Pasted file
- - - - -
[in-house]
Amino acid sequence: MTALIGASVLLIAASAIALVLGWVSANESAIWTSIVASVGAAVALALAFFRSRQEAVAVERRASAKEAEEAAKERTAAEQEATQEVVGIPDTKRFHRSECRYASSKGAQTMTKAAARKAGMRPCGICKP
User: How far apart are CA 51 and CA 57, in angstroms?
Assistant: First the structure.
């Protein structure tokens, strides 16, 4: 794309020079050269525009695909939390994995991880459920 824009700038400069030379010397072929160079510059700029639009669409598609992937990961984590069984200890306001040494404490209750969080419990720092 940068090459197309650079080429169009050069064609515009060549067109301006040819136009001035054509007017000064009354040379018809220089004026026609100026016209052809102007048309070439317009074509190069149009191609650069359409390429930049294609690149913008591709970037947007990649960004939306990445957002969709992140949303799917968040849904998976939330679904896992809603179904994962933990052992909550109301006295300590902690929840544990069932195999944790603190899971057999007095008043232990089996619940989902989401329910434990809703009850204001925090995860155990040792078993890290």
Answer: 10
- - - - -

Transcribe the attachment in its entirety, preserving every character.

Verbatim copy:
[in-house]
Amino acid sequence: MTALIGASVLLIAASAIALVLGWVSANESAIWTSIVASVGAAVALALAFFRSRQEAVAVERRASAKEAEEAAKERTAAEQEATQEVVGIPDTKRFHRSECRYASSKGAQTMTKAAARKAGMRPCGICKP
User: How far apart are CA 51 and CA 57, in angstroms?
Assistant: First the structure.
């Protein structure tokens, strides 16, 4: 794309020079050269525009695909939390994995991880459920 824009700038400069030379010397072929160079510059700029639009669409598609992937990961984590069984200890306001040494404490209750969080419990720092 940068090459197309650079080429169009050069064609515009060549067109301006040819136009001035054509007017000064009354040379018809220089004026026609100026016209052809102007048309070439317009074509190069149009191609650069359409390429930049294609690149913008591709970037947007990649960004939306990445957002969709992140949303799917968040849904998976939330679904896992809603179904994962933990052992909550109301006295300590902690929840544990069932195999944790603190899971057999007095008043232990089996619940989902989401329910434990809703009850204001925090995860155990040792078993890290």
Answer: 10